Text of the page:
People didn't start reading en masse after the invention of the printing press. During the Middle ages (in Christian Europe) only priests knew how to read. At what point in history did the common folk start learning how to read? At what point did the expectation for universal literacy begin?

Jul. 15 2008 11:56 AM
rander pires from SP/Brazil

surfing on the internet , including using the google , it is a powerful tool for us to get information. It seems that the most important,
as always, is how to use the new media and how criticals we are. Didn't the TV cause the same discution some years ago ?

Jul. 15 2008 11:56 AM
ginger from st. louis

I am absolutely concerned about how much my already short attention span seems to be dwindling even further, seemingly due to the amount of time I spend online. I find that I often have 5-10 windows open at a time, and I keep bouncing around between different trains of thought.
As a graduate student, this has real implications for my ability to focus on things like critical reading of journal articles, or even just being able to sit down and write. I'll be honestly trying hard to concentrate and all of the sudden I will find myself off doing something else-- usually reading something online--sometimes related, sometimes not.

Jul. 15 2008 11:56 AM
Steven B. from New York, NY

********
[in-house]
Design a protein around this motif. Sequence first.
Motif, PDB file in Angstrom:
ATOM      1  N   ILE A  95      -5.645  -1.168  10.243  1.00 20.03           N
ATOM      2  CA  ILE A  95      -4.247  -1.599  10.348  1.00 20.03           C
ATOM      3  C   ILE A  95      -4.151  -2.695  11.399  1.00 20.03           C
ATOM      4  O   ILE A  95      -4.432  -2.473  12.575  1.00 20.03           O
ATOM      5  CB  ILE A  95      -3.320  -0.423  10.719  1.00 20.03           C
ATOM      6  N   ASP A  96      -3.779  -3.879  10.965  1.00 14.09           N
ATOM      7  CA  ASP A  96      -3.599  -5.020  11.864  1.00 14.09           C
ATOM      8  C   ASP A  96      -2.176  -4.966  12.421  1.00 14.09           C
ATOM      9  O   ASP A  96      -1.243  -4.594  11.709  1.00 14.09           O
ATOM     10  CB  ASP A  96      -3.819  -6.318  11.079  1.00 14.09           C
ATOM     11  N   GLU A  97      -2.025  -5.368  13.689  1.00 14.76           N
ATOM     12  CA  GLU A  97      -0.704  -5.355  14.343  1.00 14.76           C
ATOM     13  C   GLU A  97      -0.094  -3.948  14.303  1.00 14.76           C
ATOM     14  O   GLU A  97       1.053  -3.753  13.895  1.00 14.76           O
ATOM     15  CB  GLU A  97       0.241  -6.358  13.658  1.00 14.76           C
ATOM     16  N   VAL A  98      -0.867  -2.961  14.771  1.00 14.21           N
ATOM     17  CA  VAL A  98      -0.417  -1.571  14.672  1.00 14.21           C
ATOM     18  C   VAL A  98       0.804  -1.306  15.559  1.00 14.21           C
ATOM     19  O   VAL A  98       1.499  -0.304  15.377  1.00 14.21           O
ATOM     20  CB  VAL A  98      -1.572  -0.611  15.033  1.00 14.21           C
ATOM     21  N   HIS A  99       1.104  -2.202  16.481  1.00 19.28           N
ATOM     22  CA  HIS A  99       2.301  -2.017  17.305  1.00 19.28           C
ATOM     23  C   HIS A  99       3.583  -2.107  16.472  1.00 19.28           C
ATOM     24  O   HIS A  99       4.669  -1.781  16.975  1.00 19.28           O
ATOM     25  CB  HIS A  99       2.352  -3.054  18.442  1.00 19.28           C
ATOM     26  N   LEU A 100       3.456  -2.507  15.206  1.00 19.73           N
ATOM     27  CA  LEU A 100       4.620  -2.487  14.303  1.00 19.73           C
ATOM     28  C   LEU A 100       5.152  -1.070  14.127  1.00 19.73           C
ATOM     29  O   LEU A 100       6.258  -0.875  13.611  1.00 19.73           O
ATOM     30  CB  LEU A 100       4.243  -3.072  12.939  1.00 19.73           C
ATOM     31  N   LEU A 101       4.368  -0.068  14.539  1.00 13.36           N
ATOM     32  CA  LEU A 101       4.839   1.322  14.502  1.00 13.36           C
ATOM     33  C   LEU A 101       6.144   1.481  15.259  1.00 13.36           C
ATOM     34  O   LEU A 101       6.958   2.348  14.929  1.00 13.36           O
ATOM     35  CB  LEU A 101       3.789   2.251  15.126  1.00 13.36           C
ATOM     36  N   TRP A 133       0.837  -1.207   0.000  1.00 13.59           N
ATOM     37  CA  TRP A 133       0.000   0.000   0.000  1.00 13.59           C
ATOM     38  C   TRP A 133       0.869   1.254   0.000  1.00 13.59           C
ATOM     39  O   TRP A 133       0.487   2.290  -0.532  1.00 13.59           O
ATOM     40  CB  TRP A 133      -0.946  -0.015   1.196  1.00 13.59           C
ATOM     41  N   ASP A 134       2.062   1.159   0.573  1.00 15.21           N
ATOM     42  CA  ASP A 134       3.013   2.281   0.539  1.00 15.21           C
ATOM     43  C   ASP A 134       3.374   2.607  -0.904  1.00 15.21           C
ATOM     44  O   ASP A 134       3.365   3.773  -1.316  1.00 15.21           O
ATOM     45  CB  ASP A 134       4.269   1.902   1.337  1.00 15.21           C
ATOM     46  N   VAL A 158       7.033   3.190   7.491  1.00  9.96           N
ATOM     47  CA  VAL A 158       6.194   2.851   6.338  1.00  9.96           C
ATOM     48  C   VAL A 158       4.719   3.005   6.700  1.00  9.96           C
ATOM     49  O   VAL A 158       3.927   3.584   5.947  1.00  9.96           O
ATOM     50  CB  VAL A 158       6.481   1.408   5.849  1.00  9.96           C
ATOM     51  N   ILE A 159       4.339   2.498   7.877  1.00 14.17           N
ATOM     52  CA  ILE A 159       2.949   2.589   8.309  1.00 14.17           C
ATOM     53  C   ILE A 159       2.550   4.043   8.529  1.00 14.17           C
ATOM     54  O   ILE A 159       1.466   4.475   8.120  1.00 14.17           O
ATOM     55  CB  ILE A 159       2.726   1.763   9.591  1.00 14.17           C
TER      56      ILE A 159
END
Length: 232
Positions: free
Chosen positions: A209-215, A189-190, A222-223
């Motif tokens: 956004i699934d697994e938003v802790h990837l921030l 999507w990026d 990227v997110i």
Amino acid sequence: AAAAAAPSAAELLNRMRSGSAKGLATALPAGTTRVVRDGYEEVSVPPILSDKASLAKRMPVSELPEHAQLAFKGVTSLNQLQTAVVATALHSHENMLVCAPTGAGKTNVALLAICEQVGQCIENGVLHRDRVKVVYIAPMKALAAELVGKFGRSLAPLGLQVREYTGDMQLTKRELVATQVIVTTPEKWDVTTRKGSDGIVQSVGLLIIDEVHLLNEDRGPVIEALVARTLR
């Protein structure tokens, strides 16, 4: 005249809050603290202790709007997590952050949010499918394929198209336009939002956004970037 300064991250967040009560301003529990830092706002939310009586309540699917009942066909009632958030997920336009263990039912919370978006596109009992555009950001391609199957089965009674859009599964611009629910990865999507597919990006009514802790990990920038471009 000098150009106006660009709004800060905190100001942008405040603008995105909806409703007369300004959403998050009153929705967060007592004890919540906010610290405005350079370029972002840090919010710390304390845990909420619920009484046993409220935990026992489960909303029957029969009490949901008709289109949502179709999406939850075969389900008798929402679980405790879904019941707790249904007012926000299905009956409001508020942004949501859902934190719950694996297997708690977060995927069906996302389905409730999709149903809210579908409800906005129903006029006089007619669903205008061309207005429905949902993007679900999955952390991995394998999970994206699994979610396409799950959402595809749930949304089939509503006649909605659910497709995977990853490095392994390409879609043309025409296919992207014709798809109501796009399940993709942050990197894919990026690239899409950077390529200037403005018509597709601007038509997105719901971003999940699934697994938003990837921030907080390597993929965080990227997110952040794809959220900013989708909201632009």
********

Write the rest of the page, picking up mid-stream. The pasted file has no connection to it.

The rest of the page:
Obtaining, learning, or wanting to know FACTS is different from thinking, interpreting and analyzing them. Compare multiple choice tests with essay exams. Who would you rather have run your company or country? Someone who scores well on the former? Or on the latter?

Jul. 15 2008 11:56 AM
Vinny from Upper West Side Lberal Middle Class Jewish Democrat in Manhattan

I think that the Television, traffic signs and bumperstickers are much more responsible for this apparent shortened attention span

Jul. 15 2008 11:56 AM
felipe from brooklyn

Internet behavior is a culmination of all the desire, convenience and consumerism which marketing has propagated on a social and intellectual level. It didn't start with the internet. Unfortunately this seems like the 'American' way, get what you want when YOU want it. Ok back to building my rocket.